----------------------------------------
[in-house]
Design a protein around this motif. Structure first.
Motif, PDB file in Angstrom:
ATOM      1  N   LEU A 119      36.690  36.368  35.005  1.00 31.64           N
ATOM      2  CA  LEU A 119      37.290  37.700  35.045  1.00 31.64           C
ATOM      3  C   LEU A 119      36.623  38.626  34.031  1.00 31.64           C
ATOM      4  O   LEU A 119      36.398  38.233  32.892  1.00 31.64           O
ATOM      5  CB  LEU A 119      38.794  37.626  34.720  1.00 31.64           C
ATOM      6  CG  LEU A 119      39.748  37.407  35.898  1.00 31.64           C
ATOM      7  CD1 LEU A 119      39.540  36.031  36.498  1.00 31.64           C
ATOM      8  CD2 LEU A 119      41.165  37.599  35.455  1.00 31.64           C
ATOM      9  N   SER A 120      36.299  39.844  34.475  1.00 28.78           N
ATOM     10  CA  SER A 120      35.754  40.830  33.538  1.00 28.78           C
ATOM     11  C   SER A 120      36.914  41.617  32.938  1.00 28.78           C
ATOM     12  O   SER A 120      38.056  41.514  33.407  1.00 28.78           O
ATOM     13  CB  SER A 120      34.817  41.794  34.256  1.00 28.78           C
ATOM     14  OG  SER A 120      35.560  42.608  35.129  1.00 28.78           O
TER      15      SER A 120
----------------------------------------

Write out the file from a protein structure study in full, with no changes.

[in-house]
Design a protein around this motif. Structure first.
Motif, PDB file in Angstrom:
ATOM      1  N   LEU A 119      36.690  36.368  35.005  1.00 31.64           N
ATOM      2  CA  LEU A 119      37.290  37.700  35.045  1.00 31.64           C
ATOM      3  C   LEU A 119      36.623  38.626  34.031  1.00 31.64           C
ATOM      4  O   LEU A 119      36.398  38.233  32.892  1.00 31.64           O
ATOM      5  CB  LEU A 119      38.794  37.626  34.720  1.00 31.64           C
ATOM      6  CG  LEU A 119      39.748  37.407  35.898  1.00 31.64           C
ATOM      7  CD1 LEU A 119      39.540  36.031  36.498  1.00 31.64           C
ATOM      8  CD2 LEU A 119      41.165  37.599  35.455  1.00 31.64           C
ATOM      9  N   SER A 120      36.299  39.844  34.475  1.00 28.78           N
ATOM     10  CA  SER A 120      35.754  40.830  33.538  1.00 28.78           C
ATOM     11  C   SER A 120      36.914  41.617  32.938  1.00 28.78           C
ATOM     12  O   SER A 120      38.056  41.514  33.407  1.00 28.78           O
ATOM     13  CB  SER A 120      34.817  41.794  34.256  1.00 28.78           C
ATOM     14  OG  SER A 120      35.560  42.608  35.129  1.00 28.78           O
TER      15      SER A 120